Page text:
Receive weekly insights from the Chief Rabbi
Office of the Chief Rabbi

From where do we know that ten men constitute a minyan? D’var Torah for Parshat Emor

Share this article:


From where do we know that ten men constitute a minyan – a quorum for prayer?

The source is in Parshat Emor. The Torah tells us ‘Venikdashti betoch bnei yisrael’ – these are the words of Hashem – ‘I will be sanctified in the midst of the children of Israel’.

Here we are being told about a community of people worshipping Hashem, but how do we understand the phrase: ‘in the midst of’?

So, we know that in the Parsha of Korach, the Torah tells us ‘Hibbadelu mittoch ha’edah’ – separate yourselves from the midst of this community.

So, there we have the same phrase, ‘in the midst’, with reference to a community and that term ‘edah’ for community is used in Parshat Shelach Lecha, where the ten evil spies are referred to as ‘ha’edah hara’ah hazzot’ – that evil assembly.

So that is how we know that the reference in Parshat Emor to a group of people, in the midst of whom we sanctify the name of God, is ten people.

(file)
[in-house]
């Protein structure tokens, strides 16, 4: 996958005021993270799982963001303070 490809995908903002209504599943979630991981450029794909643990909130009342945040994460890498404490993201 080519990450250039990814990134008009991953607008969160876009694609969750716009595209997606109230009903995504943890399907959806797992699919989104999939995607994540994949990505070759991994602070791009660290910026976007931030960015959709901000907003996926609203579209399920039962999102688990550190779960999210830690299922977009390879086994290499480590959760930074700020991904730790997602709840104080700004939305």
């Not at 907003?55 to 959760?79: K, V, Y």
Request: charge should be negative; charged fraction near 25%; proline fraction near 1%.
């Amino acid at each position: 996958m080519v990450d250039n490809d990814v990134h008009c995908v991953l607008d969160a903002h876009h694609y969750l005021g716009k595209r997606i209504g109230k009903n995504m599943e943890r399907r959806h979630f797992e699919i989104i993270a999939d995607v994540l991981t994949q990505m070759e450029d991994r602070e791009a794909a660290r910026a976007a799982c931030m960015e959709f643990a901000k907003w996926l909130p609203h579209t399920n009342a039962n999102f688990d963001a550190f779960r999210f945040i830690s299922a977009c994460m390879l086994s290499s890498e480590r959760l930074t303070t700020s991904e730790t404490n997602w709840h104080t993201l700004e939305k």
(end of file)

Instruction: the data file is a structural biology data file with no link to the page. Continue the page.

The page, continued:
I find it absolutely extraordinary that we learn about a minyan from two historic events.

One is the Korach rebellion, and the other is the story of the spies.

In both instances we had people within our nation who seriously let us down, but the message of the minyan is that everybody should be included. It is not for us to judge others.

Of course, we need to assess what’s right and wrong, and we do need to make a stand when we believe it is necessary, but having said that, ultimately, we must leave judgment in the hands of God.

When it comes to a community, absolutely everybody should be ‘in our midst’.

Shabbat Shalom.

Printable Transcript.